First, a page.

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    Wet Weekend to Washout Washington, Northwest

    By By Dan DePodwin, meteorologist/online journalist
    March 12, 2013, 9:44:33 AM EDT

    After an unusually dry February in the Pacific Northwest, March will begin on a soggy note in many places. A potent disturbance pushing into the region this weekend will spread rain and some snow from Washington and Oregon to Montana and Wyoming.

    Although dry weather will prevail for the first half of Saturday, a stream of moisture will allow for rain by the end of the day from Portland to Seattle.

    While many locales will have a wet weekend, the heaviest rain is expected to be confined to Vancouver Island. Wet weather has plagued the region the past couple of days and at least 3 inches of rain can fall through the weekend in parts of the island.

    Farther south, up to an inch of rain can wet the Washington coast. Wind gusts to 40 mph will also whip coastal sections of the region through the weekend.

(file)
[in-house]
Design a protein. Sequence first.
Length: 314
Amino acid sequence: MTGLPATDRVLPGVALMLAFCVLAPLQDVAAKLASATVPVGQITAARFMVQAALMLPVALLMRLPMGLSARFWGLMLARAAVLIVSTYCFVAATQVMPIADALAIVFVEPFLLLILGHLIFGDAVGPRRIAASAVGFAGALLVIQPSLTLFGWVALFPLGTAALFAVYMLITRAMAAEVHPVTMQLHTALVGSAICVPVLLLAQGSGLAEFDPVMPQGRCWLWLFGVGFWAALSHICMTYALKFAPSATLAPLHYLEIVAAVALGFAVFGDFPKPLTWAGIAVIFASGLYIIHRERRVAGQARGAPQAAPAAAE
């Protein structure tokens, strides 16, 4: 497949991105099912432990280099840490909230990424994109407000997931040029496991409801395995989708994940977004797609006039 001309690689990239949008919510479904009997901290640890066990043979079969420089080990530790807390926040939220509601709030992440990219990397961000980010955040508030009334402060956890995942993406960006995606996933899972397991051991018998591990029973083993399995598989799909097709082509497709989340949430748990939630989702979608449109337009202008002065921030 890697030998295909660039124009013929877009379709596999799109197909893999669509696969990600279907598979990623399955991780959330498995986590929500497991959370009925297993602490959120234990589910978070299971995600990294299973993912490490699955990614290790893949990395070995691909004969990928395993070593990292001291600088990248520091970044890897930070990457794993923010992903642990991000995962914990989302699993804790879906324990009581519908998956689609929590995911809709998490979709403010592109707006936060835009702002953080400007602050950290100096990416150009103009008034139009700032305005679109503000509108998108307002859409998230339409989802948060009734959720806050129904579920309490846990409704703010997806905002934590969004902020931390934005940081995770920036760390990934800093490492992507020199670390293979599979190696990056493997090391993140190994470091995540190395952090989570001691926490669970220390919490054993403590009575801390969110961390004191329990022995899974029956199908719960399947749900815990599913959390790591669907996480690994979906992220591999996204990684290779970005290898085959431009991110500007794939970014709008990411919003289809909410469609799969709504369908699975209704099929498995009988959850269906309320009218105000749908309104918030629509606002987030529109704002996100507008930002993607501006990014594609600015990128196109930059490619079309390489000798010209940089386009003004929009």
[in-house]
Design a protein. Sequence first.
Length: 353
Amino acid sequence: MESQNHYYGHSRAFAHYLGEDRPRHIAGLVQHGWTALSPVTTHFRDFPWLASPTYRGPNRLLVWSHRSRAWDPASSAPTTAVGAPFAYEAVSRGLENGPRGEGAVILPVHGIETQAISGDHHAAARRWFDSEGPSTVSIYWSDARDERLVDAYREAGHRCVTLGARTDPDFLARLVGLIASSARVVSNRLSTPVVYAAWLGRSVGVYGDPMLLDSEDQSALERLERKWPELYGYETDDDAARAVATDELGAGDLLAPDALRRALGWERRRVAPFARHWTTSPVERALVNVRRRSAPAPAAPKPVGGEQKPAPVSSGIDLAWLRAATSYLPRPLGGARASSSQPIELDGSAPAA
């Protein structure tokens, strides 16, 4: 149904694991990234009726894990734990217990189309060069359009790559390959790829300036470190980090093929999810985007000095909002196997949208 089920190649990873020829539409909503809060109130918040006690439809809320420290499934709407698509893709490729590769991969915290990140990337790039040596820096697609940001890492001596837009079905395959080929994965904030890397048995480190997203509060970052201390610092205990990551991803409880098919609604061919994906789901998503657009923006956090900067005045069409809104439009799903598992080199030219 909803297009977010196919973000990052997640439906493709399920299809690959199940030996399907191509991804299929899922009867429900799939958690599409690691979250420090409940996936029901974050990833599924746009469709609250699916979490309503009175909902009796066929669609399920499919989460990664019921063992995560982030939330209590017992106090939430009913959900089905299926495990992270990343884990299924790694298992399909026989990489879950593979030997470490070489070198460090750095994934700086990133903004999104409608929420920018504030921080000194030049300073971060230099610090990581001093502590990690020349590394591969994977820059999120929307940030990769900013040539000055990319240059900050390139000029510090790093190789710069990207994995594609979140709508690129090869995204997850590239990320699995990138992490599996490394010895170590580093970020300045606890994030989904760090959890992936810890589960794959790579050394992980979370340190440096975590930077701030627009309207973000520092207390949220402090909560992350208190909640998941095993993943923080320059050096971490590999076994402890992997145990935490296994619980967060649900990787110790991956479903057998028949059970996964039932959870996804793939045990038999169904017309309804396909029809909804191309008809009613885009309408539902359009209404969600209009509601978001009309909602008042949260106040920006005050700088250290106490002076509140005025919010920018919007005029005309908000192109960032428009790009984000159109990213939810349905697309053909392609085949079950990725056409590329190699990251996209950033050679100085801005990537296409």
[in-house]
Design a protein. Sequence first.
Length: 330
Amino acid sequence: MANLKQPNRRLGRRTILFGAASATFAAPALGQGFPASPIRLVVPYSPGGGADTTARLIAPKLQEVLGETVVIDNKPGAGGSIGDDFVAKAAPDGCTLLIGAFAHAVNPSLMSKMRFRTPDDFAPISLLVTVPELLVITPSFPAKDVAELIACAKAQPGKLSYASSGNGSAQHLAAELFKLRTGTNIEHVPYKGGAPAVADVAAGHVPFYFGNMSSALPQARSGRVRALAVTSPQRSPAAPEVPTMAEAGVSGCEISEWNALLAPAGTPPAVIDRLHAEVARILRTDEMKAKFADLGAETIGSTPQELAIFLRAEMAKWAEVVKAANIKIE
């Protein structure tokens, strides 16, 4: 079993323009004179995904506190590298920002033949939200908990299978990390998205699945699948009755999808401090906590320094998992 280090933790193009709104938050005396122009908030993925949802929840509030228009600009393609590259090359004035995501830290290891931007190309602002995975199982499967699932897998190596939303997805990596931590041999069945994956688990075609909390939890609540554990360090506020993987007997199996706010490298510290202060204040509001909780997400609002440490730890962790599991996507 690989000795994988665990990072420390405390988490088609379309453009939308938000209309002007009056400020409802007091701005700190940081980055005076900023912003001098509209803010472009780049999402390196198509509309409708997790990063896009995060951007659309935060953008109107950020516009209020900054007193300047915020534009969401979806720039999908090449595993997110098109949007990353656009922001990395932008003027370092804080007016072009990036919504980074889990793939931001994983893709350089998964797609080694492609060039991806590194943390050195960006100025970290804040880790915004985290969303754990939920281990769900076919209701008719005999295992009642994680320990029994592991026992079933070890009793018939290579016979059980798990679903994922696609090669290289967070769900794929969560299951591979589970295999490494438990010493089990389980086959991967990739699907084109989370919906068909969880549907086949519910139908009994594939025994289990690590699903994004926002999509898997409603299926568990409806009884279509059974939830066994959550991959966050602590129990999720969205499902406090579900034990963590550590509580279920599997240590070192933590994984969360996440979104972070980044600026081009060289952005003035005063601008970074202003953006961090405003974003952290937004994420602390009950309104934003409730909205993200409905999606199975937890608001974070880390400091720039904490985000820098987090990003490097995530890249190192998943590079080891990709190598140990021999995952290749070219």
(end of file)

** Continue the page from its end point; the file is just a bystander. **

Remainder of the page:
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    A mild flow of air ahead of the storm will allow for a brief taste of spring and bump snow levels to over 7,500 feet through Saturday. By Sunday, snow levels are expected to fall to 3,500 feet in Washington and Oregon with higher elevations to the east.

    The locations that have the greatest likelihood of picking up several inches of snow are those in the Tetons, Bitterroots, and northern Rockies. Lower elevations, such as the valleys of western Montana, should remain mainly rain.

    At the same time, wet and mild conditions will invade the Northwest. A warm, offshore breeze will warm temperatures above 80 in Southern California, near record levels.

    Looking down the road, this storm has the potential to become a significant winter storm from the Plains to the East Coast. The exact track still has to be finessed and that will determine snow accumulations.


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    As the storm approaches and eventually moves into the U.S., better atmospheric data will be gathered and that will help fine-tune the forecast.

    AccuWeather.com will have the latest updates through the weekend on this developing storm.

    Thumbnail graphic illustration by Photos.com

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